All Commentary
Thursday, February 1, 1962

Violence as a Way Of Life

Broadly speaking, there are two opposing philosophies of human re­lationships. One commends that these relationships be in accord with the principles of love. The other commends that they be in ac­cord with the principles of vio­lence.’

The principles of love in society lead to willing exchange in the market place—the economics of reciprocity and the Golden Rule. No special privilege is counte­nanced. All men are equal before the law, as before God. The life and the livelihood of a minority of one enjoys the same respect as the lives and the livelihoods of majori­ties, for such rights are conceived to be endowed by the Creator. Ev­eryone is completely free to act creatively as his abilities and ambitions permit; no restraint in this respect—none, whatsoever.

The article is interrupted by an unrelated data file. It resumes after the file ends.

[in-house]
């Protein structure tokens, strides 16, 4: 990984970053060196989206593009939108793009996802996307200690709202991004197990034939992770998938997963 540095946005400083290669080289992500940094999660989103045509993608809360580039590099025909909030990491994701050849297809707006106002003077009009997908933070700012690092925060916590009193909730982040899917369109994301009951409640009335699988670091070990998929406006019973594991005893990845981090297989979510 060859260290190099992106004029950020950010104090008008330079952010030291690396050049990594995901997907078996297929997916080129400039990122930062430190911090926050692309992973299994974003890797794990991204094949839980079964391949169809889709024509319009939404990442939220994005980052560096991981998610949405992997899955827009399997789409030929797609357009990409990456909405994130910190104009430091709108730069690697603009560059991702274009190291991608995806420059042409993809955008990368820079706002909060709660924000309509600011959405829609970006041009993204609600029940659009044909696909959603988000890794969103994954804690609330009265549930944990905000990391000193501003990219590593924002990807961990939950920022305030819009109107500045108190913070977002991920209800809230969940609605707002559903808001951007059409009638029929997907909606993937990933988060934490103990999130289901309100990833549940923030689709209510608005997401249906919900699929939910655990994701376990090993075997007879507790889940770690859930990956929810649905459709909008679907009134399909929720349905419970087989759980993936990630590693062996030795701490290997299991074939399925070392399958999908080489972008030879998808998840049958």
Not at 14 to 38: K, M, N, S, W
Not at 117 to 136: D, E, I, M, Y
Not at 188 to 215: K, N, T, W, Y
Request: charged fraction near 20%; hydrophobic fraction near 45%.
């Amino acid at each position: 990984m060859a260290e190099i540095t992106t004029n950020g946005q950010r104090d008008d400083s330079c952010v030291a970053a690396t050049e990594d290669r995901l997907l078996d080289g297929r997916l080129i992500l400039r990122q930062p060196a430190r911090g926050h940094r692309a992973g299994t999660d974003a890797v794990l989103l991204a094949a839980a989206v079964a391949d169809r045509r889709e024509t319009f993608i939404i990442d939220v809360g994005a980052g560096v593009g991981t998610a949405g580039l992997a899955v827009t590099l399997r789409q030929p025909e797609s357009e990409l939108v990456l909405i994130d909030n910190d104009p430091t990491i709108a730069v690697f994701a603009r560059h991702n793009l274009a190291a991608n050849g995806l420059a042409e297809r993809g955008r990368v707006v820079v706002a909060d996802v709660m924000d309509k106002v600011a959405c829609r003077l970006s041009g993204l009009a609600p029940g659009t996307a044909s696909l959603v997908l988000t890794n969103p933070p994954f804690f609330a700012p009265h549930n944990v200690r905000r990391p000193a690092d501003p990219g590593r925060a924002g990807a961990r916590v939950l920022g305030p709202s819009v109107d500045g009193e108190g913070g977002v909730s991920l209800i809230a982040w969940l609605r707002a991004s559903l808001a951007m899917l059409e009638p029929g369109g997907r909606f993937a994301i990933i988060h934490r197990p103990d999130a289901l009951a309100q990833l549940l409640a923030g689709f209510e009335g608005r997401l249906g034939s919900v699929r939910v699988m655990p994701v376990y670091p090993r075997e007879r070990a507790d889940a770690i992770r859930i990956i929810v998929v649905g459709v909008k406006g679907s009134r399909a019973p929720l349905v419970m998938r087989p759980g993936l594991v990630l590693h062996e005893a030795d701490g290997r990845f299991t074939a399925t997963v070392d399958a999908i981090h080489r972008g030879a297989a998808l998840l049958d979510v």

Abandon the ideal of love and the only alternative is to embrace violence in principle, with robbery and murder as its ultimate expres­sions. Plunder, spoliation, special privilege, feathering one’s own nest at the expense of others, do­ing one’s own brand of good with the fruits of the labors of others—coercive and destructive schemes of all sorts—all fall within the order of violence.

Are we abandoning the ideal of love and drifting into the practice of violence as a way of life? That’s the question this paper intends to raise and answer—to answer in the affirmative. But why? William James may have suggested the reason: “Now, there is a striking law over which few people seem to have pondered. It is this: That among all the differences which ex­ist, the only ones that interest us strongly are those we do not take for granted.”2

Taken for Granted